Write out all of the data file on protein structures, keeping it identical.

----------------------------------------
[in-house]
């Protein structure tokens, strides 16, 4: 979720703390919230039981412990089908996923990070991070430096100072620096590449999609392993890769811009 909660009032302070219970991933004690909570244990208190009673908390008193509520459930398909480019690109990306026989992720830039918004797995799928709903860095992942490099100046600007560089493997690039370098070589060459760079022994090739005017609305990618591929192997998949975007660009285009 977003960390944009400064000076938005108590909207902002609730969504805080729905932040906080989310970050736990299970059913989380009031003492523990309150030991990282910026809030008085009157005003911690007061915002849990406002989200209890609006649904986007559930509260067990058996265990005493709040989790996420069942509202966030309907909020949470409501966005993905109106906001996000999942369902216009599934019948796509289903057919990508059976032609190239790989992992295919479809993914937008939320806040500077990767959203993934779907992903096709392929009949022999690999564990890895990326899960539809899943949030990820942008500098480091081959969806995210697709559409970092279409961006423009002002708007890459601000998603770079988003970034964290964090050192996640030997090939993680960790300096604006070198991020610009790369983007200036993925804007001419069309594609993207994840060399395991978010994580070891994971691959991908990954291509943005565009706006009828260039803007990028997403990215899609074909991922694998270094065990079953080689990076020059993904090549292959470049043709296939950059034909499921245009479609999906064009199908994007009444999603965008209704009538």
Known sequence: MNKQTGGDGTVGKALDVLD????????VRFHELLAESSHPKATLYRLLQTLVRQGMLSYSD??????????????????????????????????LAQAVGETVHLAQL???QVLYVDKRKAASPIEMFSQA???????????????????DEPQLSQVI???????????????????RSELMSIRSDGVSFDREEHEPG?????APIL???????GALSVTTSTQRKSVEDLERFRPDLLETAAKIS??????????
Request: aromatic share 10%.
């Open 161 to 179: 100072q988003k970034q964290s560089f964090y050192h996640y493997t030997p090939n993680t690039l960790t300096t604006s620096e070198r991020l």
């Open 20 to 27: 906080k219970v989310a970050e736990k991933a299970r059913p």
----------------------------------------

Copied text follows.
[in-house]
């Protein structure tokens, strides 16, 4: 979720703390919230039981412990089908996923990070991070430096100072620096590449999609392993890769811009 909660009032302070219970991933004690909570244990208190009673908390008193509520459930398909480019690109990306026989992720830039918004797995799928709903860095992942490099100046600007560089493997690039370098070589060459760079022994090739005017609305990618591929192997998949975007660009285009 977003960390944009400064000076938005108590909207902002609730969504805080729905932040906080989310970050736990299970059913989380009031003492523990309150030991990282910026809030008085009157005003911690007061915002849990406002989200209890609006649904986007559930509260067990058996265990005493709040989790996420069942509202966030309907909020949470409501966005993905109106906001996000999942369902216009599934019948796509289903057919990508059976032609190239790989992992295919479809993914937008939320806040500077990767959203993934779907992903096709392929009949022999690999564990890895990326899960539809899943949030990820942008500098480091081959969806995210697709559409970092279409961006423009002002708007890459601000998603770079988003970034964290964090050192996640030997090939993680960790300096604006070198991020610009790369983007200036993925804007001419069309594609993207994840060399395991978010994580070891994971691959991908990954291509943005565009706006009828260039803007990028997403990215899609074909991922694998270094065990079953080689990076020059993904090549292959470049043709296939950059034909499921245009479609999906064009199908994007009444999603965008209704009538």
Known sequence: MNKQTGGDGTVGKALDVLD????????VRFHELLAESSHPKATLYRLLQTLVRQGMLSYSD??????????????????????????????????LAQAVGETVHLAQL???QVLYVDKRKAASPIEMFSQA???????????????????DEPQLSQVI???????????????????RSELMSIRSDGVSFDREEHEPG?????APIL???????GALSVTTSTQRKSVEDLERFRPDLLETAAKIS??????????
Request: aromatic share 10%.
């Open 161 to 179: 100072q988003k970034q964290s560089f964090y050192h996640y493997t030997p090939n993680t690039l960790t300096t604006s620096e070198r991020l």
């Open 20 to 27: 906080k219970v989310a970050e736990k991933a299970r059913p």